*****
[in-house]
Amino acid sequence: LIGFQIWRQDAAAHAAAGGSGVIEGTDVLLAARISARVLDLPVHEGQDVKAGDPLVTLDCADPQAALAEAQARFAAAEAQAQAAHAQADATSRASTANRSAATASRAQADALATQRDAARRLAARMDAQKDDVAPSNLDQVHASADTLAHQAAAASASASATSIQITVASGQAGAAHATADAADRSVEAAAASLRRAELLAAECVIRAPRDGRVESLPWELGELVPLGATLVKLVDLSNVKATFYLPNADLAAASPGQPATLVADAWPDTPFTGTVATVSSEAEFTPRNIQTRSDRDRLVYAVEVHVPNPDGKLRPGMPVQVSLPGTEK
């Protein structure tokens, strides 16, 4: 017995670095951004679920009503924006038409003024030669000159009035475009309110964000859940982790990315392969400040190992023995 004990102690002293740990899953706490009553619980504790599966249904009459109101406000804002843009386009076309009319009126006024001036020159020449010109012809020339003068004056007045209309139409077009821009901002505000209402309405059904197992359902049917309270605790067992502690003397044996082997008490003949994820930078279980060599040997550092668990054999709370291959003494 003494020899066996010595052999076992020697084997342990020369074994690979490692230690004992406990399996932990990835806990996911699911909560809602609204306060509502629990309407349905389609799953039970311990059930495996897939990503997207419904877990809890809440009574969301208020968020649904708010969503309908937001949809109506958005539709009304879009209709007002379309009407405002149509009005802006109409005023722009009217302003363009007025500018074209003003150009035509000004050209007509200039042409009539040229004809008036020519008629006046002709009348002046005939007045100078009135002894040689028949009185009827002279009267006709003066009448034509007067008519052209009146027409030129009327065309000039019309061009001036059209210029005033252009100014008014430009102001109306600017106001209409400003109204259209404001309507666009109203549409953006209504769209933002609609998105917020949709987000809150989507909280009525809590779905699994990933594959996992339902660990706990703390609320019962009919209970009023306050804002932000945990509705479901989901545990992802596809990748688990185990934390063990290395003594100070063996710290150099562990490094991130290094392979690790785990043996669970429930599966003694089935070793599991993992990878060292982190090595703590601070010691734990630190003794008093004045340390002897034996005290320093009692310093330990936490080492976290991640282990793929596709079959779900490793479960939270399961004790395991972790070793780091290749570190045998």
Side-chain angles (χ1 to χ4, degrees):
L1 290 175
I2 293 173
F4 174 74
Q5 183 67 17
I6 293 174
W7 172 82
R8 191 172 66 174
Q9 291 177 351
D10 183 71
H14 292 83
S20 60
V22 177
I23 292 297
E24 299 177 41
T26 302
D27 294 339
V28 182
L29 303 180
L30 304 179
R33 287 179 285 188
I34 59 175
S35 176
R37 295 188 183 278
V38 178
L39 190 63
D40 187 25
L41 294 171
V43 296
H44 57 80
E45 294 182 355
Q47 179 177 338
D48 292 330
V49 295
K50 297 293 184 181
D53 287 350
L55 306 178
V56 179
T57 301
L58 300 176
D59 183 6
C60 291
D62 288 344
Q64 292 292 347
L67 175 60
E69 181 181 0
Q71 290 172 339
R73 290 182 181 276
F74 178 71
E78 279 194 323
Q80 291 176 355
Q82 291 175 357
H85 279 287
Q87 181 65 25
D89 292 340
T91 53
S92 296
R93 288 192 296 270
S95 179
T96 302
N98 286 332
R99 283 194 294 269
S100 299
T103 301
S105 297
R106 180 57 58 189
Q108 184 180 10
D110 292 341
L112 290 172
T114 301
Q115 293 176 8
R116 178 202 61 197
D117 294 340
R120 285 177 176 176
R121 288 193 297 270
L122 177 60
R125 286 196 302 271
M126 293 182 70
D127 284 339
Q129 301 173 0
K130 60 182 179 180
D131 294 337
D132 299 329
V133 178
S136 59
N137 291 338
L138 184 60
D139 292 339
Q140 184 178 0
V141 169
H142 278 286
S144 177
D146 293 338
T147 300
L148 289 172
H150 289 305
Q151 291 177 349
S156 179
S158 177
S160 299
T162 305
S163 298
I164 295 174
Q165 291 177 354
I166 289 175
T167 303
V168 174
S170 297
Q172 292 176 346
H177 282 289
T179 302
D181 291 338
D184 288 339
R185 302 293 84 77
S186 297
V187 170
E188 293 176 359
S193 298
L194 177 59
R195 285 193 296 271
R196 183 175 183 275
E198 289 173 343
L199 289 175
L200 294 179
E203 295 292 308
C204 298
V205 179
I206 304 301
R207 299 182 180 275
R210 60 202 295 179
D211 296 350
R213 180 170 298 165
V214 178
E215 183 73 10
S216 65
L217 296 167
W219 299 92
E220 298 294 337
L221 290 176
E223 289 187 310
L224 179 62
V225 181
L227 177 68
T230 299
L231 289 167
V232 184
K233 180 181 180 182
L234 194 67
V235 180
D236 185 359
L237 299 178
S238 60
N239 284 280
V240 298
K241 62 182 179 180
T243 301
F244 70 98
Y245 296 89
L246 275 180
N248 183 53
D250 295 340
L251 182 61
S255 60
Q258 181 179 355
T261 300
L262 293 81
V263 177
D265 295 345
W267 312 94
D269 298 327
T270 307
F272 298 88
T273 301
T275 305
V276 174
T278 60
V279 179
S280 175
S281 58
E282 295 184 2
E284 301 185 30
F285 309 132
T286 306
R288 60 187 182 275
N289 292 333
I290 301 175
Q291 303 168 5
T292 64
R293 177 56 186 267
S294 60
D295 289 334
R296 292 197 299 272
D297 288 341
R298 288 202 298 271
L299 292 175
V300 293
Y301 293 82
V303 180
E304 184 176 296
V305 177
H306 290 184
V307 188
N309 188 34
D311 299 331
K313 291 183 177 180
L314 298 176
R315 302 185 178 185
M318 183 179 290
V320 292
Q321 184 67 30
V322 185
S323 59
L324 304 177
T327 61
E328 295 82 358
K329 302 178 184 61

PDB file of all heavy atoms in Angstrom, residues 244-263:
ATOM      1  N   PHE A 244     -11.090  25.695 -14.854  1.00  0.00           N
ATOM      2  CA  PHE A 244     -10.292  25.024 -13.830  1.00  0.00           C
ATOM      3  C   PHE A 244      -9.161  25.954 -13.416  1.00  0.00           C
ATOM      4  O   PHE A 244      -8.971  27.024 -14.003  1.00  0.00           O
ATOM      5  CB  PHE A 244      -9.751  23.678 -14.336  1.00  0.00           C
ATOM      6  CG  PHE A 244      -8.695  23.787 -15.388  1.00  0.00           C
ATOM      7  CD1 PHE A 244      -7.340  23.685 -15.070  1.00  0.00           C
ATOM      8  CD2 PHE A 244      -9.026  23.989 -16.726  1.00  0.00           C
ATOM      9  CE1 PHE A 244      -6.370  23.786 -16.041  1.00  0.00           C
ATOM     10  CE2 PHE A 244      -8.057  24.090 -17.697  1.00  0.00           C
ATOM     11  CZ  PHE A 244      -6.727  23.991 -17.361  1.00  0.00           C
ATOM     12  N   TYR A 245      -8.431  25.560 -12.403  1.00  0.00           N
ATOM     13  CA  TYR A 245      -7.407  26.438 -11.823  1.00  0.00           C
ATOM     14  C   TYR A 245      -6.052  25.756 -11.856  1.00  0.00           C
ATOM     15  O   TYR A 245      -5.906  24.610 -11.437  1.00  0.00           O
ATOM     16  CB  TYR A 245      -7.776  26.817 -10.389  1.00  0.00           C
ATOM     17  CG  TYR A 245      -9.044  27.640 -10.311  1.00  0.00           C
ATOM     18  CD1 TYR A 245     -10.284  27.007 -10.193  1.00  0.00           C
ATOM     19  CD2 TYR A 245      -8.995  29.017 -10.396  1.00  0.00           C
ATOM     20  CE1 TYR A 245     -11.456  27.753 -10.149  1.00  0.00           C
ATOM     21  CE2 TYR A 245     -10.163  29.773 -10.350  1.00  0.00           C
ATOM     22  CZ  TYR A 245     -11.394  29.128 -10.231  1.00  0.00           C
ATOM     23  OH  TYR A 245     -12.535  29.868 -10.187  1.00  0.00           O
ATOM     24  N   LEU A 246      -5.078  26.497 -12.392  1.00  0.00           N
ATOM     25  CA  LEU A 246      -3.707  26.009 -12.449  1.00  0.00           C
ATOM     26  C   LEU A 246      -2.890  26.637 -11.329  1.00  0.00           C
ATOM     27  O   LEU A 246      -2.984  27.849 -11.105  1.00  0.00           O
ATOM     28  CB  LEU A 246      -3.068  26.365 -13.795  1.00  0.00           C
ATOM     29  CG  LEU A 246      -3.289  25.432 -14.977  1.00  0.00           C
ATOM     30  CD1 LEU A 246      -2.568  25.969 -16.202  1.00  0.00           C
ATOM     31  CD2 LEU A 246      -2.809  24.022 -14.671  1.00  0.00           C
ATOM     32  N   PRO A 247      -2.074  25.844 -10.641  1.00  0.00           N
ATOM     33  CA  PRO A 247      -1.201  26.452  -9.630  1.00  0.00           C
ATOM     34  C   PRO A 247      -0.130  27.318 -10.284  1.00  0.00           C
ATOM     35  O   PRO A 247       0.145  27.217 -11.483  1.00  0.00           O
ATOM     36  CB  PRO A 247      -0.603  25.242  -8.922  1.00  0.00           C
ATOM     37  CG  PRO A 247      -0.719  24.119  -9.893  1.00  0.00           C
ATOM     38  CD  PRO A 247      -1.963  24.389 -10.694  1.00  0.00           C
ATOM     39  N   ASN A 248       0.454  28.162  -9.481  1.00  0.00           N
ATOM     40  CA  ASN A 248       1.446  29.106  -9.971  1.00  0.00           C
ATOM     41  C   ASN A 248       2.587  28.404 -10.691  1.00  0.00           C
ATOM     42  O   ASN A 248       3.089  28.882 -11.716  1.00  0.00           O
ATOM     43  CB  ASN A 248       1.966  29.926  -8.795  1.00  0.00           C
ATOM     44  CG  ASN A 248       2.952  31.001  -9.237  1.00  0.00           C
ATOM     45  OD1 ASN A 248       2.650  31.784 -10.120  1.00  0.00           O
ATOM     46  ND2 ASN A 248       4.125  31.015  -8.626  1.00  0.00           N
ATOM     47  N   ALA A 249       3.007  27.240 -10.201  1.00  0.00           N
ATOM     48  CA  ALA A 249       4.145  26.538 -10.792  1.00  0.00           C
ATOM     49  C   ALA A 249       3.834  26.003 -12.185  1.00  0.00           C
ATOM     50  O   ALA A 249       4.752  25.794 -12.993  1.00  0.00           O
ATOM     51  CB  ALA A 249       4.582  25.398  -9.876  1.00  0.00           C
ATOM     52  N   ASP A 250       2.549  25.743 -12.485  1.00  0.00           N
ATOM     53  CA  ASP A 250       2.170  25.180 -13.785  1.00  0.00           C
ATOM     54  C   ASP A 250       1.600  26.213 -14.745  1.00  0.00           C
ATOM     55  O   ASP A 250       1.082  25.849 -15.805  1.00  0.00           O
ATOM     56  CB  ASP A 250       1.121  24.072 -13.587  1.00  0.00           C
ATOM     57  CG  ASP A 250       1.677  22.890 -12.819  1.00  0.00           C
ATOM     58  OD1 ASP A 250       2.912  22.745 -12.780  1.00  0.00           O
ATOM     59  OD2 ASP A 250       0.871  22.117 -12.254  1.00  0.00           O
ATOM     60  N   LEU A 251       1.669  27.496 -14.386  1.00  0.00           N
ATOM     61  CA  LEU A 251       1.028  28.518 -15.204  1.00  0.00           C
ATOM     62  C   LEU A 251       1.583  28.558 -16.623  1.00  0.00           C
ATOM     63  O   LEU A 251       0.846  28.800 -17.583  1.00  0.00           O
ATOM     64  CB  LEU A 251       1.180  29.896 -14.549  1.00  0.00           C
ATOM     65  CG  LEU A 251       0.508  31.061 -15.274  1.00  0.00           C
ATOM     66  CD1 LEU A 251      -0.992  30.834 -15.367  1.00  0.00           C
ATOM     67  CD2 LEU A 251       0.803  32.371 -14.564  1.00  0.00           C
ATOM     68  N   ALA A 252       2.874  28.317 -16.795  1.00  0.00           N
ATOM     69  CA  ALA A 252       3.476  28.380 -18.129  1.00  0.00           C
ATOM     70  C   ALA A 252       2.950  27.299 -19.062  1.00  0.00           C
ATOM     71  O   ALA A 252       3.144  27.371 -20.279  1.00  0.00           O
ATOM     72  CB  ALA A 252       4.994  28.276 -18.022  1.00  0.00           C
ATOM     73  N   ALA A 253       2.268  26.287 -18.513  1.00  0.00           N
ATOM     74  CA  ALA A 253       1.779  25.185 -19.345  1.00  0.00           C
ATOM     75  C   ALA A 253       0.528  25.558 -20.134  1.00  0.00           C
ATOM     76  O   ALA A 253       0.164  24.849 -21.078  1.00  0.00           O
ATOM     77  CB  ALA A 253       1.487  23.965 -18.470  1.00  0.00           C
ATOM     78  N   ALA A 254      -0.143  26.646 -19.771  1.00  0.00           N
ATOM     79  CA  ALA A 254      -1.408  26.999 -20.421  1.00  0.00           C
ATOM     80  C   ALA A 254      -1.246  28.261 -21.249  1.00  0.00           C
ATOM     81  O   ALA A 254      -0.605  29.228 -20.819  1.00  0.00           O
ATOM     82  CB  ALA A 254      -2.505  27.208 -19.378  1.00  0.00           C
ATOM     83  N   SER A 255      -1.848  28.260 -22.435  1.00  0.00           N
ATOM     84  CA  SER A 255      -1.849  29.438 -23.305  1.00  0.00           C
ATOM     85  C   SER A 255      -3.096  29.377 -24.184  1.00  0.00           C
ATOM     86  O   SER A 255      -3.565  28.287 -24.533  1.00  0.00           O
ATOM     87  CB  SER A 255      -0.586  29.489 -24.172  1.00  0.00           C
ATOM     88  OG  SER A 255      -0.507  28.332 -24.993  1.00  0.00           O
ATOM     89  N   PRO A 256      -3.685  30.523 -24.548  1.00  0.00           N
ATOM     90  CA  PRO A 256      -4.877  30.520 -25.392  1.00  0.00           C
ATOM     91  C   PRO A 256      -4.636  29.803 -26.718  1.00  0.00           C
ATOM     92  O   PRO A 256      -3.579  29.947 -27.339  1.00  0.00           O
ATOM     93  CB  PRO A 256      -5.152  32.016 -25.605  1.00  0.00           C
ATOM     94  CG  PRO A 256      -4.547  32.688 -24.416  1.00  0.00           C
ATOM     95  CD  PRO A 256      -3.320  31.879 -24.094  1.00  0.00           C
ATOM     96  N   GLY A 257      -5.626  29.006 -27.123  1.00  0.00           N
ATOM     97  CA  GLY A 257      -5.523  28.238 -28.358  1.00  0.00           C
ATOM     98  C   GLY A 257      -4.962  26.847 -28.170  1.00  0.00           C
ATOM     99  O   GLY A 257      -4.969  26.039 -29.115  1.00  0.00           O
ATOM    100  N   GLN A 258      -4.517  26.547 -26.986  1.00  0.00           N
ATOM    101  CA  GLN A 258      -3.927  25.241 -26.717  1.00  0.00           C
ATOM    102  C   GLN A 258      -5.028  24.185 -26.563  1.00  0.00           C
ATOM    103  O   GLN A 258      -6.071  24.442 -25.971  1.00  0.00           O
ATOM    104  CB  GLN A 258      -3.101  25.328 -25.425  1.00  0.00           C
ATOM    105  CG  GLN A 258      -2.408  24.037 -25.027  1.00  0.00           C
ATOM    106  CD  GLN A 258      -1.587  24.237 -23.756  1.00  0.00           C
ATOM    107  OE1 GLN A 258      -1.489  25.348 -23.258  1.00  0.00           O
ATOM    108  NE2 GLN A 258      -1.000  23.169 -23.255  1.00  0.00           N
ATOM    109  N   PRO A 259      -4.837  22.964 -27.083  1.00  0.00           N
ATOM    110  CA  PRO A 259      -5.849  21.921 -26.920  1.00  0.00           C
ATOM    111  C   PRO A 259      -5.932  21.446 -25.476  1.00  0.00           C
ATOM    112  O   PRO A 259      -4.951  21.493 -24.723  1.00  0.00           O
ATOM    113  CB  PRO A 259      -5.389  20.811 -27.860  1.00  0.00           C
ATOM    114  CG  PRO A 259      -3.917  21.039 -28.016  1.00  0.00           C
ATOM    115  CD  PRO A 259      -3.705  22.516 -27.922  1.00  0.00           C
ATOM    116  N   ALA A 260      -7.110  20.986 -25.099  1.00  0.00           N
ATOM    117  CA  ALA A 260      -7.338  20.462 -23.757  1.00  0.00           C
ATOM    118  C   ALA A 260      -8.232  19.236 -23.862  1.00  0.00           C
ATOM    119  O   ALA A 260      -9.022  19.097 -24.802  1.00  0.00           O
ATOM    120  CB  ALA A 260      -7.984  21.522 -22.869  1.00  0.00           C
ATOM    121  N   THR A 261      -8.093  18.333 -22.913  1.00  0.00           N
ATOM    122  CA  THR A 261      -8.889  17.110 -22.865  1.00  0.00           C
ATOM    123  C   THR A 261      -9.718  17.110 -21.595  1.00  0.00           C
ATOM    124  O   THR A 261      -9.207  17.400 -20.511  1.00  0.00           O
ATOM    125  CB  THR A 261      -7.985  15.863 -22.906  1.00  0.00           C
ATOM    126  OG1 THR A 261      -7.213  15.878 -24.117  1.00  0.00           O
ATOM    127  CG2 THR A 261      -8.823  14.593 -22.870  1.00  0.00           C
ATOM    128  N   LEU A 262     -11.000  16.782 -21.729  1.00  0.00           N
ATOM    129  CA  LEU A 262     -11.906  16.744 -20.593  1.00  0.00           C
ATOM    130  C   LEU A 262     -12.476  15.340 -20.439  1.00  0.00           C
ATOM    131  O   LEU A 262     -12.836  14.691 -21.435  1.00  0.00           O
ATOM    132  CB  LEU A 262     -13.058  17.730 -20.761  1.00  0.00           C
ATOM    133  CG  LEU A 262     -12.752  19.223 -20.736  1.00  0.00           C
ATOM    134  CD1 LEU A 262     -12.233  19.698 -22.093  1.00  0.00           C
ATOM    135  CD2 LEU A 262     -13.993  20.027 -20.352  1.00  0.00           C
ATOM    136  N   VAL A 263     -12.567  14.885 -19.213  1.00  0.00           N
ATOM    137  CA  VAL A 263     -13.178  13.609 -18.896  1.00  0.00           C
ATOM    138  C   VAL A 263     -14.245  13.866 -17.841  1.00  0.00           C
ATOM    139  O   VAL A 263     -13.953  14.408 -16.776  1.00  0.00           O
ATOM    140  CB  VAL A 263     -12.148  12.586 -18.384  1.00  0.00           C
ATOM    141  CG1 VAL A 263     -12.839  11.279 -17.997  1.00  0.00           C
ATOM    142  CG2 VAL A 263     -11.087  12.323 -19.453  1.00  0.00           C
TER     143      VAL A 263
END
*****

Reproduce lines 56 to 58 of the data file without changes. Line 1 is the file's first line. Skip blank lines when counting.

H85 279 287
Q87 181 65 25
D89 292 340